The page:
The “workforce” for the jamboree will consist of volunteers: alpaca and llama owners in the region, members of regional and local camelid organizations and 4-H/FFA members and leaders in both Minnesota and Wisconsin, especially those with llama and alpaca projects. Additional details will be forthcoming the first part of 2015, and updates will be posted on Camelid Community’s website at

If you or your organization is interested in becoming a sponsor for Camelid Community Jamboree, or if you are interested in vendor or exhibitor information, please contact Sheila Fugina ( or Barb Baker (

What’s the Real Cost of Llama Fiber?

by Sharon Bramblett

After shearing our eight llamas in early May 2014, I was again faced with whether or not it’s worth having the fleeces professionally processed by a fiber mill. I’ve used Zeilinger’s in Michigan several times and am generally pleased with the cleanliness and quality of the returned fiber. Their posted charges, based on weight of raw fiber, are $13/lb. for three pounds or more; but $23/lb. if less than three pounds! Naively, when we first acquired llamas, I wanted to spin everyone’s fiber, even if it wasn’t the best quality. Later I became more discerning (read “cheap”) and only sent fiber from those llamas from which I have experience spinning and producing wearable items. I mailed the fleeces to Zeilinger’s June 6; they were returned October 2.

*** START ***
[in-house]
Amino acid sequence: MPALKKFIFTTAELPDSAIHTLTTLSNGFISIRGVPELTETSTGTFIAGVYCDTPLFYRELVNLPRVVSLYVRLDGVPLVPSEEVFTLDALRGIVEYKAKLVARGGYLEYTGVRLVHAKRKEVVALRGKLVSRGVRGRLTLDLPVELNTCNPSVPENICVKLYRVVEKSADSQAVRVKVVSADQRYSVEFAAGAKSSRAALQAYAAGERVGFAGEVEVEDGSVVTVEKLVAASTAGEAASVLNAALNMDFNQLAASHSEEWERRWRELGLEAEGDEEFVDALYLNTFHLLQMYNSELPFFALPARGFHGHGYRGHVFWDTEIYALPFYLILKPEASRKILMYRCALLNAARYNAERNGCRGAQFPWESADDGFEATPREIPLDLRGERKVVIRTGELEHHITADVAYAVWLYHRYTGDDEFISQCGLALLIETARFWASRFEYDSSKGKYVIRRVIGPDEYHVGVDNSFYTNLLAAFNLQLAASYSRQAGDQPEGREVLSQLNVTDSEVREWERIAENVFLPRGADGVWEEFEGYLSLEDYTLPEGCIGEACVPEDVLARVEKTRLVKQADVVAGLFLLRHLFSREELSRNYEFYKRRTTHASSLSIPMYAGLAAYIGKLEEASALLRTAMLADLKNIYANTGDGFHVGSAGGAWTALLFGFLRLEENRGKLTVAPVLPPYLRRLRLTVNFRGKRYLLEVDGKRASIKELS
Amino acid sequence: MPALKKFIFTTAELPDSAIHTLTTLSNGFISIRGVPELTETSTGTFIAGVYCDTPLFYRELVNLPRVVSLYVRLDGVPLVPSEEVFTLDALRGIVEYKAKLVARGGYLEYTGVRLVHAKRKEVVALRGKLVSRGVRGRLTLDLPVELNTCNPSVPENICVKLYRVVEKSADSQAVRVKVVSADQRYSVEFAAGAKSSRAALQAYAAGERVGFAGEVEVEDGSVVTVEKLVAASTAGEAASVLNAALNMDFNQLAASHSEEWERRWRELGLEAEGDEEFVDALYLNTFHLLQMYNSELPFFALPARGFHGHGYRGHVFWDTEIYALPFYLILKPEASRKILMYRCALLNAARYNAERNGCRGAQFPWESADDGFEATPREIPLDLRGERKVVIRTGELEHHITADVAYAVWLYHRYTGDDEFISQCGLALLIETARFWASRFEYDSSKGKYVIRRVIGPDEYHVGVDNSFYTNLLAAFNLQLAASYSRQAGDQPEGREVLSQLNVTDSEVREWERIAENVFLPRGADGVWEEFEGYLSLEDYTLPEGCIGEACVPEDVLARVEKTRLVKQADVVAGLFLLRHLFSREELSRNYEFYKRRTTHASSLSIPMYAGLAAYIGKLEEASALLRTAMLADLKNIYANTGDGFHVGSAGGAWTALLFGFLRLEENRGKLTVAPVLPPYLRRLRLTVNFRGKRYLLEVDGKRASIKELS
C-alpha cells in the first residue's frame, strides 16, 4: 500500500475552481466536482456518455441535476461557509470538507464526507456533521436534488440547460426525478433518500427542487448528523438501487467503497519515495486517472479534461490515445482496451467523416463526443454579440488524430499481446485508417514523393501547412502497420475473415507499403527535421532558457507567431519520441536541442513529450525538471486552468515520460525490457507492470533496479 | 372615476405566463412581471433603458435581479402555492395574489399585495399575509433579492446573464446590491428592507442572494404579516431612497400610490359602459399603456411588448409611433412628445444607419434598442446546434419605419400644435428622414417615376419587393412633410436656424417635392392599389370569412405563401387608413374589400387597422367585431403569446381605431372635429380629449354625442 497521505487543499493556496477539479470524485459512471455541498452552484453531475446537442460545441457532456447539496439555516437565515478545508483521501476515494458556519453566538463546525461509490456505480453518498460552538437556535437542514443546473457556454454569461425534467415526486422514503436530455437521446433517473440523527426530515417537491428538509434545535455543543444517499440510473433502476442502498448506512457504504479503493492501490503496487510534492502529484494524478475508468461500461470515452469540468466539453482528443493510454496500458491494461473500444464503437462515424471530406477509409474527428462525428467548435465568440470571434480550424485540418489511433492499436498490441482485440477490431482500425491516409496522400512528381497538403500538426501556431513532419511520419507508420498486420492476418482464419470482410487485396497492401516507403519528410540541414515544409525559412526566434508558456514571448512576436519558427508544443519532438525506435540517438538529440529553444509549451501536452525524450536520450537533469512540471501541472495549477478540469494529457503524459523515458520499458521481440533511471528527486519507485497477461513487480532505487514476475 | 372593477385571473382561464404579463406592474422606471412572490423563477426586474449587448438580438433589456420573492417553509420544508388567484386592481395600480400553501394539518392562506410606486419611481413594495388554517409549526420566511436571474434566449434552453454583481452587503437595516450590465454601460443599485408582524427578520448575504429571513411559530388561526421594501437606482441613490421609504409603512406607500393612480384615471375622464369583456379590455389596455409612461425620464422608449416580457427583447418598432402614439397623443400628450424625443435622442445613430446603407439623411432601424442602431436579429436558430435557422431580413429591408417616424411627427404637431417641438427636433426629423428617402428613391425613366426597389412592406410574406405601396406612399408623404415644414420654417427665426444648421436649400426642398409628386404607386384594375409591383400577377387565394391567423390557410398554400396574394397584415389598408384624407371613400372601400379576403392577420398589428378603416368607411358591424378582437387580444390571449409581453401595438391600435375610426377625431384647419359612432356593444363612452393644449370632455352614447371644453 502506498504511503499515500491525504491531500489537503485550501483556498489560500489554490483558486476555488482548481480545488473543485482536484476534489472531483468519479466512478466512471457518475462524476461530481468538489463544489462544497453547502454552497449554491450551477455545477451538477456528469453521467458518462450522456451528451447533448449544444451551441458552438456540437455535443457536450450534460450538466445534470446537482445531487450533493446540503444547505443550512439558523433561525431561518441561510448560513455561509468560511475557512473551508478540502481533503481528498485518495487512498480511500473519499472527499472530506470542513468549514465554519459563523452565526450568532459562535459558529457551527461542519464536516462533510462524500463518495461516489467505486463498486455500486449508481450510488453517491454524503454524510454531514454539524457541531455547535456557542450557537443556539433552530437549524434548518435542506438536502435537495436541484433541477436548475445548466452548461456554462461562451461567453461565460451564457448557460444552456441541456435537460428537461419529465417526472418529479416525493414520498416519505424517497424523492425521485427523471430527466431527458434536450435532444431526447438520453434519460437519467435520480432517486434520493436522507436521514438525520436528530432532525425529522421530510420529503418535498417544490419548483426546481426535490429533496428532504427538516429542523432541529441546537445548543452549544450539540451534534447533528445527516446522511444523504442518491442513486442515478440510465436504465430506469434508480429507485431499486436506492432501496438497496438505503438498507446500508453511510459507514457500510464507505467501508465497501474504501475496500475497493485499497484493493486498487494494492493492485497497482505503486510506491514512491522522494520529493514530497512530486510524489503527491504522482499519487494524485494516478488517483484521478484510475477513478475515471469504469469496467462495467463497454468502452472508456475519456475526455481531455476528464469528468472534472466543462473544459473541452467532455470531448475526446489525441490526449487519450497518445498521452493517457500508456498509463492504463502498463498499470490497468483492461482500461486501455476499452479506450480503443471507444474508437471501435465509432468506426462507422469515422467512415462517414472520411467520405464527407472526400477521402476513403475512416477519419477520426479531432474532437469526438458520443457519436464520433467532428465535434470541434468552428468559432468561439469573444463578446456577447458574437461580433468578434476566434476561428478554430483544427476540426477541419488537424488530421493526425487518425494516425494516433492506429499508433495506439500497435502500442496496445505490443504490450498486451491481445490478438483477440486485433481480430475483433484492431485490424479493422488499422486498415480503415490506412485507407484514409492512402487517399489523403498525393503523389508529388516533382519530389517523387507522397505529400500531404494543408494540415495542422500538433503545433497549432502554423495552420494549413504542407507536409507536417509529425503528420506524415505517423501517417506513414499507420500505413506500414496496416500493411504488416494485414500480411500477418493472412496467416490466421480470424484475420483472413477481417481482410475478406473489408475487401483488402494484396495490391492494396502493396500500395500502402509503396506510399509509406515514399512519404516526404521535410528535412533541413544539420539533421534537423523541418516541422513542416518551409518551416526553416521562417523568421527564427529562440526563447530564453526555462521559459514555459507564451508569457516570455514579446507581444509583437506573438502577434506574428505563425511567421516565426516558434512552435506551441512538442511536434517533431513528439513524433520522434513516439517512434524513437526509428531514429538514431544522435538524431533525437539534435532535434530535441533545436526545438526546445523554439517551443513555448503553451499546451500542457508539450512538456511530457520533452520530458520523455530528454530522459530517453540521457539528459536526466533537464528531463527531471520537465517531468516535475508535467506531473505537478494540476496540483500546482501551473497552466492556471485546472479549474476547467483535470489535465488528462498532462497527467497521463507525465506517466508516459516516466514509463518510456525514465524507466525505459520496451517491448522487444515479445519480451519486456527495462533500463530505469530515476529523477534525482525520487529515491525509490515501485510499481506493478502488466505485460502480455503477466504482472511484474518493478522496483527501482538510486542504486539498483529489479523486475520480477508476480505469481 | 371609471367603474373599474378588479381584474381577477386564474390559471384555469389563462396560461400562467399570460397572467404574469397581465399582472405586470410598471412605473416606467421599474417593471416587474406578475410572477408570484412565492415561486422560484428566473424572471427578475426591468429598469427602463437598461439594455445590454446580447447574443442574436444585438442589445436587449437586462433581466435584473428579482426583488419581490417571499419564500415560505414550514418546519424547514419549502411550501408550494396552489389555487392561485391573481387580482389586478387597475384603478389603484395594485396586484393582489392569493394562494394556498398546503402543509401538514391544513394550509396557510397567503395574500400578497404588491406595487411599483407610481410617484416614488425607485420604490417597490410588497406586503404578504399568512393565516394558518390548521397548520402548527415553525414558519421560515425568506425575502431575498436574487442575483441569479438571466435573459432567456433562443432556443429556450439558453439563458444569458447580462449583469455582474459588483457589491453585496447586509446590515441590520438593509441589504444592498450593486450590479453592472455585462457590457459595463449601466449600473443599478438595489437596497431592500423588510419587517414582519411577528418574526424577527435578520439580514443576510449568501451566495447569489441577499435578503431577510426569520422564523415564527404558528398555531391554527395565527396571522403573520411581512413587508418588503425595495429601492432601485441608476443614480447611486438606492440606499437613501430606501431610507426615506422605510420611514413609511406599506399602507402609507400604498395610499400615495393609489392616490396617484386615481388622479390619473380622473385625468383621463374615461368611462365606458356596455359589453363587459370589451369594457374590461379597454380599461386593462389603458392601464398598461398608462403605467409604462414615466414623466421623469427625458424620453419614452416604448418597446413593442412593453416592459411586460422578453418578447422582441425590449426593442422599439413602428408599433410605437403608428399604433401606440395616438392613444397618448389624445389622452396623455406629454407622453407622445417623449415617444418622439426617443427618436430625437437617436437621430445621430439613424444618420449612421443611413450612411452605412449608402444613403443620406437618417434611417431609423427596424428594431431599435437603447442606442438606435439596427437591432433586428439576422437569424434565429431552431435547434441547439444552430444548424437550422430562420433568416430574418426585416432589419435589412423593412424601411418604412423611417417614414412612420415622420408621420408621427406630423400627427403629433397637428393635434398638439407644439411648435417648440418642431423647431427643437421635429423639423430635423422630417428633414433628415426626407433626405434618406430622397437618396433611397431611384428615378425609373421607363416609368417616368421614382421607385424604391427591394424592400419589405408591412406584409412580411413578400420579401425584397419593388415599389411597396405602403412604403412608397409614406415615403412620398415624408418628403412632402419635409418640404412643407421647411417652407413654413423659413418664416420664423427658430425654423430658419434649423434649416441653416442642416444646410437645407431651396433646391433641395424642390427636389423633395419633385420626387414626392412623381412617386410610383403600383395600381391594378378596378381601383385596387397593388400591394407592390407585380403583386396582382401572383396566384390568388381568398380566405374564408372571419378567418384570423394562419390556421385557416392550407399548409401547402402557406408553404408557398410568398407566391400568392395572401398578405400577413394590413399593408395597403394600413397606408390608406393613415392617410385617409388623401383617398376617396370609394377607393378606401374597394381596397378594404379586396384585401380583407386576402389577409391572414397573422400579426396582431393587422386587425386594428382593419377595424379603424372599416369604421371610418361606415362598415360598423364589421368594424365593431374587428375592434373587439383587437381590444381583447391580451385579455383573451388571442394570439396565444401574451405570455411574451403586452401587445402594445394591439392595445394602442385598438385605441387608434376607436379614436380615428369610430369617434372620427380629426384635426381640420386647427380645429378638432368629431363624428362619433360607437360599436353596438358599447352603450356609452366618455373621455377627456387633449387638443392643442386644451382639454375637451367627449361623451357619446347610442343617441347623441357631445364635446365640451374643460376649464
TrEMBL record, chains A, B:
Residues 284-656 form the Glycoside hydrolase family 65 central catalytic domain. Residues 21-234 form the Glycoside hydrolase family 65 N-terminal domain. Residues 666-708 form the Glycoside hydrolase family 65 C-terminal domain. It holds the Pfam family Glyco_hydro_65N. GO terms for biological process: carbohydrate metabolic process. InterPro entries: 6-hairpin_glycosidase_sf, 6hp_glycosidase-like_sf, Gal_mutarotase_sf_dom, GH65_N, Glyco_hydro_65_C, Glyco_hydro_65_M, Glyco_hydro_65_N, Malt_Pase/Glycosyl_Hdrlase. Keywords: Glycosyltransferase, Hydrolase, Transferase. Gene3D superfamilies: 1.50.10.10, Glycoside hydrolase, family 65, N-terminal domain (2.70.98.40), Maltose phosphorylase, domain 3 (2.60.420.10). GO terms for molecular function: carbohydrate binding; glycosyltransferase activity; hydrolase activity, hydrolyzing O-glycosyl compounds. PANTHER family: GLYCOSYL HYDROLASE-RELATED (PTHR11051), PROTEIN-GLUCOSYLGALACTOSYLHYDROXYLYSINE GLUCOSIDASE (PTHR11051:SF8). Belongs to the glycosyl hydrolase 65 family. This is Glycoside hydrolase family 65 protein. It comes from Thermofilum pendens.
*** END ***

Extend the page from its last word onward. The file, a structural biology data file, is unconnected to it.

Sharon Bramblett shearing Miss Z.

Because we get about 1.5 pounds of fleece per year from each of our five best llamas, we decided to accumulate two years’ worth before sending for processing. Usually we don’t skirt each fleece, but 2014 was a bumper year for clover burrs that processing doesn’t remove. Thus, Claud and I skirted them by hand, adding about three hours each of our time per fleece but at the same time, reducing the weight. We can’t win.

Most llamas have two types of fiber: down and guard hair. The mill first washes the fiber, allows it to dry, then passes it via a conveyor belt through a dehairing machine that separates the soft down from guard hair and VM (vegetable matter). Clean, dehaired down (clouds) drops into the first bin; guard hair mixed with VM into second and third bins. Less than half of the raw weight is returned as clouds, suitable for spinning into yarn. Having the clouds processed further into roving would have been an additional charge. I like spinning clouds into worsted yarn.

Llama raw fleece weight (lb) processing costs usable fiber (oz) returned(excludes waste) cost/oz
Majic 3.12 lb. $40.56 24.6 oz. $1.64
McArthur 2.38 $54.74 17.0 $3.22
Kimmie 2.97 $66.01 8.2 $8.05
Inti 3.17 $41.21 13.2 $3.12
Miss Z White 2.12 $48.76 12.6 $3.86
Miss Z Brown 2.14 $49.22 15.8 $3.11
total $300.50
shipping $71.00


Waste fiber (including VM) is also returned to us. We accumulate several years of waste then send it to Ingrid’s Handwoven Rugs in Paint Rock, TX where it’s woven into rugs. The guard hair in this waste llama fiber makes strong, washable, easily vacuumed rugs.

Note: Because Miss Z is a paint llama with a large, dark brown “saddle” that contrasts starkly with the rest of her white fiber, I divided the colors for processing.